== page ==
Sony

Sony Thinks You'll Pay $1200 For a Digital Walkman 391

Posted by Soulskill
from the good-luck-with-that dept.
An anonymous reader writes: The Walkman is one of the most recognizable pieces of technology from the 1980s. Unfortunately for Sony, it didn't survive the switch to digital, and they discontinued it in 2010. Last year, they quietly reintroduced the Walkman brand as a "high-resolution audio player," supporting lossless codecs and better audio-related hardware. At $300, it seemed a bit pricey. But now, at the Consumer Electronics Show, Sony has loudly introduced its high-end digital Walkman, and somehow decided to price it at an astronomical $1,200.

What will all that money get you? 128GB of onboard storage and a microSD slot to go with it. There's a large touchscreen, and the device runs Android — but it uses version 4.2 Jelly Bean, which came out in 2012. It also supports Bluetooth and NFC. Sony claims the device has 33 hours of battery life when playing FLAC files, and 60 hours when playing MP3s. They appear to be targeting audiophiles — their press release includes phrasing about how pedestrian MP3 encoding will "compromise the purity of the original signal."
Wikipedia

The Next Big Step For Wikidata: Forming a Hub For Researchers 61

Posted by Soulskill
from the hope-they-enjoy-popups-asking-them-for-money dept.
The ed17 writes Wikidata, Wikimedia's free linked database that supplies Wikipedia and its sister projects, is gearing up to submit a grant application to the EU that would expand Wikidata's scope by developing it as a science hub. ... This proposal is significant because no other open collaborative project ... can connect the free databases in the world across disciplinary and linguistic boundaries. ...the project will be capable of providing a unique open service: for the first time, that will allow both citizens and professional scientists from any research or language community to integrate their databases into an open global structure, to publicly annotate, verify, criticize and improve the quality of available data, to define its limits, to contribute to the evolution of its ontology, and to make all this available to everyone, without any restrictions on use and reuse.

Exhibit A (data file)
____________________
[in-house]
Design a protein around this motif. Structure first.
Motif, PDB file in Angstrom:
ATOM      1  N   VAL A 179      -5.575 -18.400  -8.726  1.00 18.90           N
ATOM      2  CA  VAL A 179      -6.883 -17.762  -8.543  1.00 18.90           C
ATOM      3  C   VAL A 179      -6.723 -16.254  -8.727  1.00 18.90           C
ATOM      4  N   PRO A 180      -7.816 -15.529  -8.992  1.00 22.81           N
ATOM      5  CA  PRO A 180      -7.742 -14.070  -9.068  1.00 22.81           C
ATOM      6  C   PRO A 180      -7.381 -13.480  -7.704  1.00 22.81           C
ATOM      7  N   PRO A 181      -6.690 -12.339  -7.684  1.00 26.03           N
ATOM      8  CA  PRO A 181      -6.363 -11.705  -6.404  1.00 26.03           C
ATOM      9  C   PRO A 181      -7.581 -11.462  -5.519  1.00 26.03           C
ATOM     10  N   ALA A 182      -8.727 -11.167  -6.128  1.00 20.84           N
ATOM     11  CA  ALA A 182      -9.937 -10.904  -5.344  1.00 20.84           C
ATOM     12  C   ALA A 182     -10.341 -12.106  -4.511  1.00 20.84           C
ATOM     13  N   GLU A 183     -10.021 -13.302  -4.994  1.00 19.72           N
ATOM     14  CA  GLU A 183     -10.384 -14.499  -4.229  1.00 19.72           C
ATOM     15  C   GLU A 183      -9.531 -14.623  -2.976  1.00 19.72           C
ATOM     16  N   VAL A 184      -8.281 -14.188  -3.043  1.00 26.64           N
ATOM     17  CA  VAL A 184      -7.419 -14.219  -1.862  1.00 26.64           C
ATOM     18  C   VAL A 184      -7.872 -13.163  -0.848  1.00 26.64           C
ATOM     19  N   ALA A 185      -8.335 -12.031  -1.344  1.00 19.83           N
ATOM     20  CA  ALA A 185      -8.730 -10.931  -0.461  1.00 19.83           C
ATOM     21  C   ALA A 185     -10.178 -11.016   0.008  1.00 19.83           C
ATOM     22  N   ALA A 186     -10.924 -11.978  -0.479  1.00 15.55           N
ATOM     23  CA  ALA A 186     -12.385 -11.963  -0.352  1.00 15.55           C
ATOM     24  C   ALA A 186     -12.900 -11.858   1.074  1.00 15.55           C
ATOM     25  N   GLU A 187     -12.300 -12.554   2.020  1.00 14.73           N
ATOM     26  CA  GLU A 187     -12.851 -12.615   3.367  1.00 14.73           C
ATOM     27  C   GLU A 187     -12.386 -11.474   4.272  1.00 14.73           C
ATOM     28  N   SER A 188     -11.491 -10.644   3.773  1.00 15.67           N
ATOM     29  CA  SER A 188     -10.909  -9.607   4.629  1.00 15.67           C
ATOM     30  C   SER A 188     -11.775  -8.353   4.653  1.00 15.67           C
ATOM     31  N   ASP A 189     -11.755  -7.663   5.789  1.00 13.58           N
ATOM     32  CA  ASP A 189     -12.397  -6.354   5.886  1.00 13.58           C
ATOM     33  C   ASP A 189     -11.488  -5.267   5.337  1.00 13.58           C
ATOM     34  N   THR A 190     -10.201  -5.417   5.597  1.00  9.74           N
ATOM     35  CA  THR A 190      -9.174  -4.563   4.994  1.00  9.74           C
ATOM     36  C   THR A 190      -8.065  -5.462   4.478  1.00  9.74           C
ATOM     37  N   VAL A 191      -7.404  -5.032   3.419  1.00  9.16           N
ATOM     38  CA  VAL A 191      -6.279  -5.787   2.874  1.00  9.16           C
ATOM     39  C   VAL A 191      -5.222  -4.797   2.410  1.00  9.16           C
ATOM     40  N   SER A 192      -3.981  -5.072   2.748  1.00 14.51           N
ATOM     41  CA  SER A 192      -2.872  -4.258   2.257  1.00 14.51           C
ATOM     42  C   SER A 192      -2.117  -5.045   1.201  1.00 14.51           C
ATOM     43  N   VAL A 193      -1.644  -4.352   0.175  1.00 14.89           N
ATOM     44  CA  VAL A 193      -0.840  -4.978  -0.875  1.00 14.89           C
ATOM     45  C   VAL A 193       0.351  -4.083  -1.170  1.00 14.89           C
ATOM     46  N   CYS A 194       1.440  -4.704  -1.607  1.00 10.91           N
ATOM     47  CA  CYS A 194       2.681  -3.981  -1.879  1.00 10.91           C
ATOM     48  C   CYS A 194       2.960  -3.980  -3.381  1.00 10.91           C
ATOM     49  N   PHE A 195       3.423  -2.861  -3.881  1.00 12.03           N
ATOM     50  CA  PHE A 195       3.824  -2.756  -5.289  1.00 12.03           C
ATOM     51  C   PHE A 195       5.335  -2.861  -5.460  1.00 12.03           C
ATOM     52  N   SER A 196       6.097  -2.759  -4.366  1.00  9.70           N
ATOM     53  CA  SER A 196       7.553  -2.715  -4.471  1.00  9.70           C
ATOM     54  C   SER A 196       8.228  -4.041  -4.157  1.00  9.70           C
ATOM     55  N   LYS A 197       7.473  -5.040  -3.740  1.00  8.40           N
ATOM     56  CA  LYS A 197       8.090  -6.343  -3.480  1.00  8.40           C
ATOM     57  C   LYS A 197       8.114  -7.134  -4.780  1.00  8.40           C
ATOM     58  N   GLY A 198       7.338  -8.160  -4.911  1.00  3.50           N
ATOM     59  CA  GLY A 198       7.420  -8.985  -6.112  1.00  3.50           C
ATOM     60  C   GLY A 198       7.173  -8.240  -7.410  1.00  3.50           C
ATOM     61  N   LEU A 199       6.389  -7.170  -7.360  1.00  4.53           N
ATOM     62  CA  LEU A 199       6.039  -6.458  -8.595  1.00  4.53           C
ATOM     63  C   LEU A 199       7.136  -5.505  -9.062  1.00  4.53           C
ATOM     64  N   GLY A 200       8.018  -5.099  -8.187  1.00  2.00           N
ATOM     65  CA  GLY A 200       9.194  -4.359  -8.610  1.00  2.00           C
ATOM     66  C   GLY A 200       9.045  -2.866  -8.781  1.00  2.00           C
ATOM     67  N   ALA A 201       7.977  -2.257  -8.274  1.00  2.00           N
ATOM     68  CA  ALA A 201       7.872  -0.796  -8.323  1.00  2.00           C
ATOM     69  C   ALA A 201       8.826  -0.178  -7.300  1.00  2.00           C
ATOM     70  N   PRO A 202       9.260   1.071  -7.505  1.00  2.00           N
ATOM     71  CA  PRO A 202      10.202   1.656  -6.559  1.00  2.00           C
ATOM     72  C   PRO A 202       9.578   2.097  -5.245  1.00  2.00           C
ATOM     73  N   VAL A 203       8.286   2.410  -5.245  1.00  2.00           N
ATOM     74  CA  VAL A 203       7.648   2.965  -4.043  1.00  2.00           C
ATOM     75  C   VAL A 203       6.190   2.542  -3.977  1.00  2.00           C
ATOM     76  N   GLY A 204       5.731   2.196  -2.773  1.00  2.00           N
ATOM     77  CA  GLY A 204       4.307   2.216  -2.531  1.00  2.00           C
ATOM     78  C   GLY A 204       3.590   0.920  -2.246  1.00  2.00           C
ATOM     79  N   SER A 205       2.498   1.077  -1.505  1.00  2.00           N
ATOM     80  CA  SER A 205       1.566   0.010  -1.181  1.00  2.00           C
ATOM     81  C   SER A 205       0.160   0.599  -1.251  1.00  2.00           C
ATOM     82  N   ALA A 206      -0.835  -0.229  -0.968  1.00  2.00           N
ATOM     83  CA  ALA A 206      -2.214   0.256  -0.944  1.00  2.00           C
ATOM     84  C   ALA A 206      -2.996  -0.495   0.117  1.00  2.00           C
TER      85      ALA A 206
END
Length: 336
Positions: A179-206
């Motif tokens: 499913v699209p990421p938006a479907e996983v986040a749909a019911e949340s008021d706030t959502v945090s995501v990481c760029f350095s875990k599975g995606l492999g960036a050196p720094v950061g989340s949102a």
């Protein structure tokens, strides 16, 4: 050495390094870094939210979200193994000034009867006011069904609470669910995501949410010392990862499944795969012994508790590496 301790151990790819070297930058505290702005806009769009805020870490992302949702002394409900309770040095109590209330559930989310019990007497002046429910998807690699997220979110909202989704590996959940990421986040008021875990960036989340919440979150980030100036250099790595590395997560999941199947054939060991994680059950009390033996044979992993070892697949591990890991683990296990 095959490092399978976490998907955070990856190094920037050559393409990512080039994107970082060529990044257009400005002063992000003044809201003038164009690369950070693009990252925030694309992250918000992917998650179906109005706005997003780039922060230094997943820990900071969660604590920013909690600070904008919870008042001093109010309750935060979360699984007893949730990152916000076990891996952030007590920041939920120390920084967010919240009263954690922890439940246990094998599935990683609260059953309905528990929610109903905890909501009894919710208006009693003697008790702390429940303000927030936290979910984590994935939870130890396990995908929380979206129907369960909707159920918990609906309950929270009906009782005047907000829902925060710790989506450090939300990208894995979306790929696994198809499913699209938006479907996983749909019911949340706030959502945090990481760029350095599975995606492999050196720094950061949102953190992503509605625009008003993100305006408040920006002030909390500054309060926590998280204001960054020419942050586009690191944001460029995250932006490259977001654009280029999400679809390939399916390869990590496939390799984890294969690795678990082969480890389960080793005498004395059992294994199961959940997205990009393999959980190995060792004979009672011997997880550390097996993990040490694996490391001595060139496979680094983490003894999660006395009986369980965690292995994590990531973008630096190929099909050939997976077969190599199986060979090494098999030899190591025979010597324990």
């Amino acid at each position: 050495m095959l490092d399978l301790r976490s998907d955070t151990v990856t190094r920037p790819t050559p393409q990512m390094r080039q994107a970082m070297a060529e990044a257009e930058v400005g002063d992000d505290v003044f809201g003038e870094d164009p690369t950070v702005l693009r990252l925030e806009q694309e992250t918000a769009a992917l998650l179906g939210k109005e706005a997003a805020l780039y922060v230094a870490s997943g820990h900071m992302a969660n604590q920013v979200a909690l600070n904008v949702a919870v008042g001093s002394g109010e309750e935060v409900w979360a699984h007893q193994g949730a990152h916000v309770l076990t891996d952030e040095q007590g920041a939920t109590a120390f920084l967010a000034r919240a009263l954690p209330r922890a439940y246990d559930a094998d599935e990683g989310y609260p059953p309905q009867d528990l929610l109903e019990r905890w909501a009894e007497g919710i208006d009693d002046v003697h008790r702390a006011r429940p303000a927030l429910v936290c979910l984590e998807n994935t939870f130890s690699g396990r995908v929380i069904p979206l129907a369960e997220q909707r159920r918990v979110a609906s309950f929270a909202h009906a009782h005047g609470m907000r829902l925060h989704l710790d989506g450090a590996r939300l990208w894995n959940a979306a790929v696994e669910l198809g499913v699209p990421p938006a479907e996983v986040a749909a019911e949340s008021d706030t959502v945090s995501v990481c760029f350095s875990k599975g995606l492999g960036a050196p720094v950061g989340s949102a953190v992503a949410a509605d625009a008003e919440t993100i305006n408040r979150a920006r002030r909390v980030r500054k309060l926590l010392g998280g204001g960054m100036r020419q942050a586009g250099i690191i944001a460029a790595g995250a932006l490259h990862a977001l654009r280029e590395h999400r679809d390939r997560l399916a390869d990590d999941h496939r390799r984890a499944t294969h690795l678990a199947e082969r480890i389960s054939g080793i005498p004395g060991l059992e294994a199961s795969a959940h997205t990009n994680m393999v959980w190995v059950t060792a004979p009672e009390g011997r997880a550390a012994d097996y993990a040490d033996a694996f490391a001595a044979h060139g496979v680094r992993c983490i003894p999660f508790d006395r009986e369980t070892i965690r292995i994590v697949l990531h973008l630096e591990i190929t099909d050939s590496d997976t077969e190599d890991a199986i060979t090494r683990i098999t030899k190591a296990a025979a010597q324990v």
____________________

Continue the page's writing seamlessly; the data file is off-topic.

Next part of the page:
Cloud

2015 Means EU Tax Increase On Cloud Storage, E-books and Smartphone Applications 164

Posted by timothy
from the takings-clause dept.
schwit1 writes With the new year, a change in fiscal rules in the European Union is increasing the tax on many purchases of digital content like e-books and smartphone applications. Under the new rules, first approved in 2008, the tax rate on digital services like cloud storage and movie streaming will be determined by where consumers live, and not where the company selling the product has its European headquarters. Tax experts say Europe's revamped rules could add up to an extra $1 billion in annual tax revenue for European governments.
ISS

Life In Space, In More Than 12,000 Photos 24

Posted by timothy
from the ignoring-the-in-flight-movie dept.
CNET is one of many sources carrying the stunning time-lapse photography of astronaut Alexander Gerst. Gerst assembled into a 6-minute movie 12,500 still images taken by cameras set up to document things like ISS docking procedures, but which ended up capturing quite a bit more: Images of auroras abound in the video below, as do spellbinding shots of humming cities at night, storms and flashes of lightning, all captured as the space station sailed overhead, traveling as fast as 17,000 miles per hour. Also keep an eye out for the eye of a tropical storm, a few fascinating docking and detachment operations with visiting spacecraft, as well as a nice token outward-looking time lapse of the Milky Way.
Cloud

Romanian Cybersecurity Law Will Allow Warrantless Access To Data 62

Posted by Soulskill
from the what-happens-in-romania-stays-in-romania dept.
jfruh writes: The Romanian Parliament has passed a bill that will allow its security services widespread access to data on privately owned services without a warrant, and once the president signs it, it will become law. The law would have widespread impact beyond Romania because the country is a hub for IT outsourcing.
Transportation

Major Security Vulnerabilities Uncovered At Frankfurt Airport 91

Posted by samzenpus
from the how-many-fluid-ounces-is-that? dept.